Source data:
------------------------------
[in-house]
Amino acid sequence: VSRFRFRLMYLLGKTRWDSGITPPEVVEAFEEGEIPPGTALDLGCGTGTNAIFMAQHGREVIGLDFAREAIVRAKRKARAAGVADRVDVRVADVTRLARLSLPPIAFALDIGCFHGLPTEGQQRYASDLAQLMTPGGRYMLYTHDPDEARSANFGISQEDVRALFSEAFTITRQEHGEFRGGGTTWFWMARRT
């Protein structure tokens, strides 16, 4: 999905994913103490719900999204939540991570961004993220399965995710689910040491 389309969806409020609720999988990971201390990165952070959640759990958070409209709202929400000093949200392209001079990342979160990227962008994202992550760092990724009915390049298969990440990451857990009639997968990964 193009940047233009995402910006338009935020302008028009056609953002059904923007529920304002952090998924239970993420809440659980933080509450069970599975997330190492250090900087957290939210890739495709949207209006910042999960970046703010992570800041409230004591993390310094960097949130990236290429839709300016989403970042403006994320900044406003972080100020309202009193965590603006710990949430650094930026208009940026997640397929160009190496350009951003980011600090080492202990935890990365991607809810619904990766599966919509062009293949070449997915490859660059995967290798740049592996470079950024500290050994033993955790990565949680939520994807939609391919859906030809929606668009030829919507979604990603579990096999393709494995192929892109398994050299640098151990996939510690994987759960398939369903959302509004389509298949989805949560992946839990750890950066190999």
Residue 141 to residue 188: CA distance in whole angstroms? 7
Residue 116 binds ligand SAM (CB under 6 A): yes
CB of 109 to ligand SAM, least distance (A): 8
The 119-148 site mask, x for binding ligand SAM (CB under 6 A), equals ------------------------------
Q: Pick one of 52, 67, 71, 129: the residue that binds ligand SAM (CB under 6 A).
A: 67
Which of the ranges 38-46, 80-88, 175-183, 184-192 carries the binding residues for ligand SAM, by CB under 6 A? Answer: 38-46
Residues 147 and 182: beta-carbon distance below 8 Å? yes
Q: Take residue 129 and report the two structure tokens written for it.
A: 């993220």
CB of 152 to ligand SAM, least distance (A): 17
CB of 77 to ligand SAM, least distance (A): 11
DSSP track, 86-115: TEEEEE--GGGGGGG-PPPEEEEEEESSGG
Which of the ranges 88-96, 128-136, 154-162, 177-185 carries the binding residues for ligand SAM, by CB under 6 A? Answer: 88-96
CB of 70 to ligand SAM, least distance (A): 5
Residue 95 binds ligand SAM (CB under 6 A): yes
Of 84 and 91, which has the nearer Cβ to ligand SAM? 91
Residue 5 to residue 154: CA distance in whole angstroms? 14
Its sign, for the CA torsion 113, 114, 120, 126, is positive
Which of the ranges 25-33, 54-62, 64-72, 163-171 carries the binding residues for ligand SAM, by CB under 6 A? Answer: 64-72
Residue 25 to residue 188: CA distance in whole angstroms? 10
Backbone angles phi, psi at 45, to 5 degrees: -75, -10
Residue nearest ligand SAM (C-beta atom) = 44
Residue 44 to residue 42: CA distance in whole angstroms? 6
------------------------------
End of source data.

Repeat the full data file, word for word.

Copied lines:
[in-house]
Amino acid sequence: VSRFRFRLMYLLGKTRWDSGITPPEVVEAFEEGEIPPGTALDLGCGTGTNAIFMAQHGREVIGLDFAREAIVRAKRKARAAGVADRVDVRVADVTRLARLSLPPIAFALDIGCFHGLPTEGQQRYASDLAQLMTPGGRYMLYTHDPDEARSANFGISQEDVRALFSEAFTITRQEHGEFRGGGTTWFWMARRT
């Protein structure tokens, strides 16, 4: 999905994913103490719900999204939540991570961004993220399965995710689910040491 389309969806409020609720999988990971201390990165952070959640759990958070409209709202929400000093949200392209001079990342979160990227962008994202992550760092990724009915390049298969990440990451857990009639997968990964 193009940047233009995402910006338009935020302008028009056609953002059904923007529920304002952090998924239970993420809440659980933080509450069970599975997330190492250090900087957290939210890739495709949207209006910042999960970046703010992570800041409230004591993390310094960097949130990236290429839709300016989403970042403006994320900044406003972080100020309202009193965590603006710990949430650094930026208009940026997640397929160009190496350009951003980011600090080492202990935890990365991607809810619904990766599966919509062009293949070449997915490859660059995967290798740049592996470079950024500290050994033993955790990565949680939520994807939609391919859906030809929606668009030829919507979604990603579990096999393709494995192929892109398994050299640098151990996939510690994987759960398939369903959302509004389509298949989805949560992946839990750890950066190999």
Residue 141 to residue 188: CA distance in whole angstroms? 7
Residue 116 binds ligand SAM (CB under 6 A): yes
CB of 109 to ligand SAM, least distance (A): 8
The 119-148 site mask, x for binding ligand SAM (CB under 6 A), equals ------------------------------
Q: Pick one of 52, 67, 71, 129: the residue that binds ligand SAM (CB under 6 A).
A: 67
Which of the ranges 38-46, 80-88, 175-183, 184-192 carries the binding residues for ligand SAM, by CB under 6 A? Answer: 38-46
Residues 147 and 182: beta-carbon distance below 8 Å? yes
Q: Take residue 129 and report the two structure tokens written for it.
A: 């993220």
CB of 152 to ligand SAM, least distance (A): 17
CB of 77 to ligand SAM, least distance (A): 11
DSSP track, 86-115: TEEEEE--GGGGGGG-PPPEEEEEEESSGG
Which of the ranges 88-96, 128-136, 154-162, 177-185 carries the binding residues for ligand SAM, by CB under 6 A? Answer: 88-96
CB of 70 to ligand SAM, least distance (A): 5
Residue 95 binds ligand SAM (CB under 6 A): yes
Of 84 and 91, which has the nearer Cβ to ligand SAM? 91
Residue 5 to residue 154: CA distance in whole angstroms? 14
Its sign, for the CA torsion 113, 114, 120, 126, is positive
Which of the ranges 25-33, 54-62, 64-72, 163-171 carries the binding residues for ligand SAM, by CB under 6 A? Answer: 64-72
Residue 25 to residue 188: CA distance in whole angstroms? 10
Backbone angles phi, psi at 45, to 5 degrees: -75, -10
Residue nearest ligand SAM (C-beta atom) = 44
Residue 44 to residue 42: CA distance in whole angstroms? 6